Thornton Chase, Steadfast Seeker

A formal portrait of Thornton Chase in his later years.
Thornton Chase (22 February 1847–30 September 1912). Photo courtesy of the US Bahá’í Archives.

A strong-willed leader and organizer, and a seeker forever pursuing the mysteries of divine love; an insurance salesman and an artist of page and stage who composed poetry and prose, sang and acted; a man who wrestled with a wariness of women and a unifier of contending personalities: this was Thornton Chase.

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Retrospective: A Blossoming of Initiatives in the Midwest

A small flower rises above a blanket of snow.

While winter and pandemic hibernation may seem far in the past, several initiatives originally undertaken during the previous winter months have blossomed. Though diverse in focus, these initiatives shared a common thread of building networks of people in the Midwestern states dedicated to sharing Baha’u’llah’s teachings in Minnesota, Wisconsin, Illinois and Ohio. 

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Vibrant Marshallese Community Arises in Oklahoma

Twenty-five people pose for a group portrait in a community center.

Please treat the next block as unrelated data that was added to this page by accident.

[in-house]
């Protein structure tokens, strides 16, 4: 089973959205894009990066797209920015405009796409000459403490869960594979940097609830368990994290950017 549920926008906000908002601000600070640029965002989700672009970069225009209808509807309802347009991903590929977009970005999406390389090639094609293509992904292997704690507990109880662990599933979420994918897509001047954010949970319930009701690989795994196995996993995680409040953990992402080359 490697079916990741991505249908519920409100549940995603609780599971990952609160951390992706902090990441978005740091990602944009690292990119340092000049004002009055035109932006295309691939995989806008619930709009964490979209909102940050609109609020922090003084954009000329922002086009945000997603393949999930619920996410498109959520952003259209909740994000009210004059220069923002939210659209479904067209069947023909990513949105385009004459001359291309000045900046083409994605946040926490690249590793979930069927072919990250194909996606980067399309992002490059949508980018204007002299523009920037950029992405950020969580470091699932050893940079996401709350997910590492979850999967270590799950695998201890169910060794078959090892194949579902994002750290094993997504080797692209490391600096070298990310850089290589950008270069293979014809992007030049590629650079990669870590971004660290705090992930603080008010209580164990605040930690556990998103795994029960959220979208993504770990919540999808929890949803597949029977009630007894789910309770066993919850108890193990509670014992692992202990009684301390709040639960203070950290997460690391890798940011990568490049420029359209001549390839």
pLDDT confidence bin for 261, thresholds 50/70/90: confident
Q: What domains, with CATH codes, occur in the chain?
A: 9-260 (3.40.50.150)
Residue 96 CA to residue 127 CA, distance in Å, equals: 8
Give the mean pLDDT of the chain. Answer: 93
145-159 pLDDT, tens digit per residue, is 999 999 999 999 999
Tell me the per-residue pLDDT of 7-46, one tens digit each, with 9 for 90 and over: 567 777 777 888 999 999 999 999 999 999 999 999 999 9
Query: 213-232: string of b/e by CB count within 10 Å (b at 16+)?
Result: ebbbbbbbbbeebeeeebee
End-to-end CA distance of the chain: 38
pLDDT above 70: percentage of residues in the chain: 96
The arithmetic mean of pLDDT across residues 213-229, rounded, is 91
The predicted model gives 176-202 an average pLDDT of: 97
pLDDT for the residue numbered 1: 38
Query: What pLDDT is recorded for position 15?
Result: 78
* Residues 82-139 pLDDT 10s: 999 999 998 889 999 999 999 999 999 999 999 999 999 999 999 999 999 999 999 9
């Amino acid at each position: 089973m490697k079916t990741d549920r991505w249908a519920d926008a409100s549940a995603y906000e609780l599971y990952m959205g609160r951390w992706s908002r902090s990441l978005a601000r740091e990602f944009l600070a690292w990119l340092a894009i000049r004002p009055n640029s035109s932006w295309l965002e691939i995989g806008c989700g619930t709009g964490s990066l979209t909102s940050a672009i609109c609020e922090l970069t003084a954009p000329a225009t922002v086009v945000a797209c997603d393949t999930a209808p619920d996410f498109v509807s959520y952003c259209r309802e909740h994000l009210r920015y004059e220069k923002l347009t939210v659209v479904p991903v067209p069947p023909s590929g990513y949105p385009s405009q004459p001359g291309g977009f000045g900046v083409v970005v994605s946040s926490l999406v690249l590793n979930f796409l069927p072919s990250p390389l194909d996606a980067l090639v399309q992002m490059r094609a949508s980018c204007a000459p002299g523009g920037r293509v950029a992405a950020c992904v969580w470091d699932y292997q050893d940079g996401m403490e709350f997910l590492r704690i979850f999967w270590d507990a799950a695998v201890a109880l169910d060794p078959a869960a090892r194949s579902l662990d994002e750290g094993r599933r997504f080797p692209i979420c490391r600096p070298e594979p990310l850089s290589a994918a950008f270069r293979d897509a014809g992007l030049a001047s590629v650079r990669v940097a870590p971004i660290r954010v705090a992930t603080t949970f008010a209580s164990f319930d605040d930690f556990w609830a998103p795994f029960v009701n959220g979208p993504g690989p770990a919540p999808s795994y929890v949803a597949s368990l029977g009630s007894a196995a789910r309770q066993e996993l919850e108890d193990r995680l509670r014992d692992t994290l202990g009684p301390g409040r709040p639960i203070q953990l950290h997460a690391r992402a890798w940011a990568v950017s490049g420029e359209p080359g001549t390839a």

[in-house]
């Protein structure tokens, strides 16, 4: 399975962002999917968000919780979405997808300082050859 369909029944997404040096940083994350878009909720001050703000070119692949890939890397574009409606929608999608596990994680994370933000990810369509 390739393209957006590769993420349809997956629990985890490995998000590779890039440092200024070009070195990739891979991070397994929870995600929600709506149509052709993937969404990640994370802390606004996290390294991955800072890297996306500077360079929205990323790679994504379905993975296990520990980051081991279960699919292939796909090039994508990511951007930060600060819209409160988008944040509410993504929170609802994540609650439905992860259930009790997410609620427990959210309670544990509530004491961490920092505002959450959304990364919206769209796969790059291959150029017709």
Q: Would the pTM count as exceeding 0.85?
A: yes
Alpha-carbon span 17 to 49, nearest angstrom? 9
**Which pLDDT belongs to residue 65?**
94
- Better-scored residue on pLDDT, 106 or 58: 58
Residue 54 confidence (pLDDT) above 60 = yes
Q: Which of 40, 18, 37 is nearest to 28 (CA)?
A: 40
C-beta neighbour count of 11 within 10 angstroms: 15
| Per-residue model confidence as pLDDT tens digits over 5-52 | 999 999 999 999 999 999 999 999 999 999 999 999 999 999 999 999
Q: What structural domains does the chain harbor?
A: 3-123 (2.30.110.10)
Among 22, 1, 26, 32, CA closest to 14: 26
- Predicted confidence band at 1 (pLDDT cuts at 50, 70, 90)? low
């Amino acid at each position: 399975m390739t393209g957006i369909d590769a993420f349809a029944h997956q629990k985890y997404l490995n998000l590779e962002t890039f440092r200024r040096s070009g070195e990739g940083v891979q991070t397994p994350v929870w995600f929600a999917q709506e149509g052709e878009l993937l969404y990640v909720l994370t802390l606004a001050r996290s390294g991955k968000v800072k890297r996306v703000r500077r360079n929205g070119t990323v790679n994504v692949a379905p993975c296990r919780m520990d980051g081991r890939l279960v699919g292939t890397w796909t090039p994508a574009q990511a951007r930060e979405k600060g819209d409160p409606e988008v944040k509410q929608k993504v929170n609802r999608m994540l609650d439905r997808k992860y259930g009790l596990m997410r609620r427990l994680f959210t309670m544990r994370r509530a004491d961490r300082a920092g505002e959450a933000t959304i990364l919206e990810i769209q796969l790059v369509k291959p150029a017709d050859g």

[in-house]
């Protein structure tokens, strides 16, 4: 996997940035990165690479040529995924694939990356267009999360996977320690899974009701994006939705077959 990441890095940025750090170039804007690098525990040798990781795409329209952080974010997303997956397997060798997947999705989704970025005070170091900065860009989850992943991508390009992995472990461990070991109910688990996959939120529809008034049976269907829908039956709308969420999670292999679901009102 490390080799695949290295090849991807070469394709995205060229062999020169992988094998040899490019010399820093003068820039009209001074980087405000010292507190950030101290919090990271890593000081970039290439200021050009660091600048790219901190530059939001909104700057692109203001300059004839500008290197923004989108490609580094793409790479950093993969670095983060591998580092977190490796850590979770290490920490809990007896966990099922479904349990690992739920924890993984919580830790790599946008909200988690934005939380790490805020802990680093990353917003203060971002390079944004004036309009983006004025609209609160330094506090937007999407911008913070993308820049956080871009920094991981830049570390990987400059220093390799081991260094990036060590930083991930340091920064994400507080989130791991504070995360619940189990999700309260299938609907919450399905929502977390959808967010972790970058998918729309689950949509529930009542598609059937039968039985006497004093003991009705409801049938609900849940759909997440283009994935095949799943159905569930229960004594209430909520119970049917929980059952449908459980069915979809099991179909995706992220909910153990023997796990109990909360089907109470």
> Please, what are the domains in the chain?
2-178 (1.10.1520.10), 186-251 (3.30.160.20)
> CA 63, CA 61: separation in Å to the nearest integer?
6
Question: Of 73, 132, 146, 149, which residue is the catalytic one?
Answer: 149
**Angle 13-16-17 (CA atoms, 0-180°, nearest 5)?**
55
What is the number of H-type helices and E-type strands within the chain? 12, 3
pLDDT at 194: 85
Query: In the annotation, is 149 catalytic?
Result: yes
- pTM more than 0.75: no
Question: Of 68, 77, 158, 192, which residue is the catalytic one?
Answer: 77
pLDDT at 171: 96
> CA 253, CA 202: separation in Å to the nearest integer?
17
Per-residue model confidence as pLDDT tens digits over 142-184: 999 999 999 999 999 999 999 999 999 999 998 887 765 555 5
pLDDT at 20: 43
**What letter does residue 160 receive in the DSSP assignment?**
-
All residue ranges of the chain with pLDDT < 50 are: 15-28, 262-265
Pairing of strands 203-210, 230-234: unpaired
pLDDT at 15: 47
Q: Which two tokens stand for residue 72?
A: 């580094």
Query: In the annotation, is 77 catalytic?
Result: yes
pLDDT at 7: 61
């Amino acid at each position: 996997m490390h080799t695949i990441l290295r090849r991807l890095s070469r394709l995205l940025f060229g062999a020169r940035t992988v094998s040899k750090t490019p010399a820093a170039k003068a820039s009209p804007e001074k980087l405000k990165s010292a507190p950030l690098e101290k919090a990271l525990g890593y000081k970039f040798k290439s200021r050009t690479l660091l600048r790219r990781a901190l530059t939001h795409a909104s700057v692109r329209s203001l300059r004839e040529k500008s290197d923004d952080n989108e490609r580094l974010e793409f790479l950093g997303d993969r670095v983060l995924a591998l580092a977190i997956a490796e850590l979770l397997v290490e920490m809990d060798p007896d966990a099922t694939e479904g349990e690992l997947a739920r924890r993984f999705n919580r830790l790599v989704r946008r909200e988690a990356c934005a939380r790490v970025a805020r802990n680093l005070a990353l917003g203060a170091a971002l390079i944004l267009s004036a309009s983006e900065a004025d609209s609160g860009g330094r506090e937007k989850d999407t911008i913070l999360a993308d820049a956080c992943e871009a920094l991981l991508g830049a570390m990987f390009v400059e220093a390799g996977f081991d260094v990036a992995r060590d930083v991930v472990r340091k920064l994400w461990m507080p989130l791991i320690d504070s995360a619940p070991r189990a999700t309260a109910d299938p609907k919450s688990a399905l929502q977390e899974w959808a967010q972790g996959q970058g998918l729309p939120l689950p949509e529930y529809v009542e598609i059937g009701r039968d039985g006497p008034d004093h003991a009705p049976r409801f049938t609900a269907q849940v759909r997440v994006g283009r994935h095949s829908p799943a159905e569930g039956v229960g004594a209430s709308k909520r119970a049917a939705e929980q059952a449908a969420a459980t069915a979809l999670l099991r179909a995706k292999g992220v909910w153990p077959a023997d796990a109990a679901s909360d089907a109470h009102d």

Bahá’ís in Enid, Oklahoma, pose for a portrait taken before the pandemic.

In the early 2000s Enid, Oklahoma, had no Baha’i activities. Today, many of its more than 50 Baha’is are involved alongside friends in children’s classes, junior youth groups, study circles and devotional gatherings. 

What’s changed? The story starts with two Baha’i couples who each discovered the Faith on their own, along with the extended family of one of the couples.

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Task Force Encourages Communities to Make Accessibility a Priority

A man stands at a lectern. He is using American Sign Language.
Austin Vaday signs “nothing” in American Sign Language.

Deaf and Hard of Hearing people have a great deal to contribute to Baha’i activities, and with a few accommodations can more readily take part in them to everyone’s benefit.

This is a message championed by the Deaf and Hard of Hearing Task Force for the Baha’i community. Appointed by the National Spiritual Assembly of the Baha’is of the United States, the national governing council, the task force has existed off and on since the 1980s. Today, it has four members—Naledi Raspberry, Tavoria Kellam, Jason Schwartz and Erin Salmon—who, with assistance from people like Austin Vaday, are working to educate Baha’i communities about how to improve accessibility.

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Professor prepares future educators by ‘entering the space with love’

A woman speaks to a class of young adults.
Ashley Patterson (right, standing) conducts an education class at Pennsylvania State University. Photo courtesy of Penn State News.

Recently in a class at Pennsylvania State University, the instructor, Ashley Patterson, asked the class of 25 students: How many had ever been into the house of someone of a different race? One raised a hand.

Then: How many ever had a meal with someone of a different race? Two.

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South Dakota Scholars Discuss Race Issues with Aid of Baha’i Principles